How to Prepare Your Child for Kindergarten

group of children preparing for kindergarten reading book

They grow up so fast!

You’ve made it through preschool, but guess what? Kindergarten is right around the corner! To set your child up for success, it’s important to be focusing on developmental skills that will help your child transition to school. Though they’ll get plenty of education once school starts, there’s a lot of learning for them to do beforehand. In this post, we’ll provide you with helpful checklists of these fundamental learning activities.

Numeracy & Literacy Skills

Since math education is infused into the curriculum from the start, getting your child used to numbers and the role they play in their day-to-day life will give them the knowledge they need before starting their official education. Leading up to the first day of school, make sure your child can:

  • Repeat simple patterns
  • Order three things in sequence
  • Match two similar things
  • Match corresponding items
  • Sort objects based on shape, size, and color
  • Count to 10
  • Identify numbers from 1–10
  • Order numbers from 1–10
  • Use items to show greater than and less than
  • Understand what amount a number represents
  • Add and subtract objects

Social-Emotional Skills

Kindergarten and beyond will be filled with social interactions for your child. Preparing them to share an environment with their classmates is imperative for their development. Be sure your little one has the ability to:

  • Start positive interactions with people
  • Take turns and share
  • Resolve conflicts without fighting
  • Express their feelings
  • Responds to their feelings as well as those of other people
  • Complete tasks
  • Says “please” and “thank you”
  • Recite their name, number, and address
  • Know their age
  • Adapt to new situations

Language Skills

Understanding language and being able to utilize it themselves is one of the most important skills a child can have upon starting their education. It allows them to follow directions from teachers and communicate with other kids. Make sure they can:

  • Name and recognize 5 colors and 10 letters
  • Recognize their written first name
  • Match letters to sounds
  • Recognize rhyming words
  • Write all of or most of their first name
  • Recognize basic words
  • Understand descriptive words like pretty or big
  • Draw pictures to tell a story
  • Tell a story or discuss their experiences
  • Follow two-step directions
  • Answer questions based on the five Ws (who, what, when, where, why)
  • Ask questions when they want to know something
  • Participate in conversations
  • Recite basic nursery rhymes
  • Show interest in and the ability to read
  • Make references to a story based on its cover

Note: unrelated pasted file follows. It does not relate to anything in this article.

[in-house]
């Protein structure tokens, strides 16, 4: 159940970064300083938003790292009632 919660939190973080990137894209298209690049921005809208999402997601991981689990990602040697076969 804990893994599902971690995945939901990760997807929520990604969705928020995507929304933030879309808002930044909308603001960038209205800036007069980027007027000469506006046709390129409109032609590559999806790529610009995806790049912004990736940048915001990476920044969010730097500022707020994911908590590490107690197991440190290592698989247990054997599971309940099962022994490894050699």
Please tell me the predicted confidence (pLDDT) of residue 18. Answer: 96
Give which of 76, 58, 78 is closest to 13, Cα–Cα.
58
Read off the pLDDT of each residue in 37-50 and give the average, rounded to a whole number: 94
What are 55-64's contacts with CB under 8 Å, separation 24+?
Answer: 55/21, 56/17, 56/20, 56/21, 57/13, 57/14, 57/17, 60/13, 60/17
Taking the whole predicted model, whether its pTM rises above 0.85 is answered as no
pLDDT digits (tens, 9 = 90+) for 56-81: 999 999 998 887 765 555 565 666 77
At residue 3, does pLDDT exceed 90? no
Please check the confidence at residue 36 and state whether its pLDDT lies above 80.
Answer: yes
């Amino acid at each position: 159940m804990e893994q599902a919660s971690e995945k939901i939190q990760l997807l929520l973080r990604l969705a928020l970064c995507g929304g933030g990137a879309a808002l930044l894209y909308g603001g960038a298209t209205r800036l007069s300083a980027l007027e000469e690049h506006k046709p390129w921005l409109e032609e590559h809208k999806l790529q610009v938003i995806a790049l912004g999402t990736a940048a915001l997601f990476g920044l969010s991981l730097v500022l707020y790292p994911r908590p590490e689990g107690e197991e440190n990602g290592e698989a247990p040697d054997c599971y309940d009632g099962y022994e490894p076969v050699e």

• Retell simple stories
  • Make predictions while reading a story
  • Speak clearly
  • Listen when people speak to them

Motor Skills

Physical interactions with the environment are a big part of life, and many new things are coming your child’s way when they begin school. Have them practice the following in preparation so they can:

Gross Motor

  • Run and jump
  • Throw, catch, and bounce a ball
  • Ride a tricycle

Fine Motor

  • Use scissors safely
  • Use writing instruments properly
  • Build with blocks
  • Draw basic shapes

Self-Help Skills

When getting your child ready for kindergarten, the checklist items above are essential and many are commonly known. But there are some skills that are just as important. Though these aren’t specific to a school environment, they will carry over from home to the classroom. Teach your child to:

  • Do basic tasks without assistance
    • Get dressed
    • Hang their coat
    • Use the bathroom
    • Wash their hands
    • Clear their place at the end of a meal
  • Practice self-help
    • Blow their noses without being told to
    • Put on their shoes
  • Be responsible
    • Refill their own water bottles or cups
    • Take some groceries inside after a trip to the store
    • Clean up trash when they see it
  • Follow routines
    • Get out of bed at the same time each day
    • Get dressed
    • Have breakfast at the table

You’ve Got This!

This all may seem like a lot, but many of these tasks and responsibilities are things your child has likely been practicing their whole life without intending to. Now, it’s simply time to be more conscious and intentional about it. If you practice activities with your child on a regular basis, they will do great when they start their kindergarten adventure!

If you have questions about how you can help your child get ready for starting kindergarten, contact us today.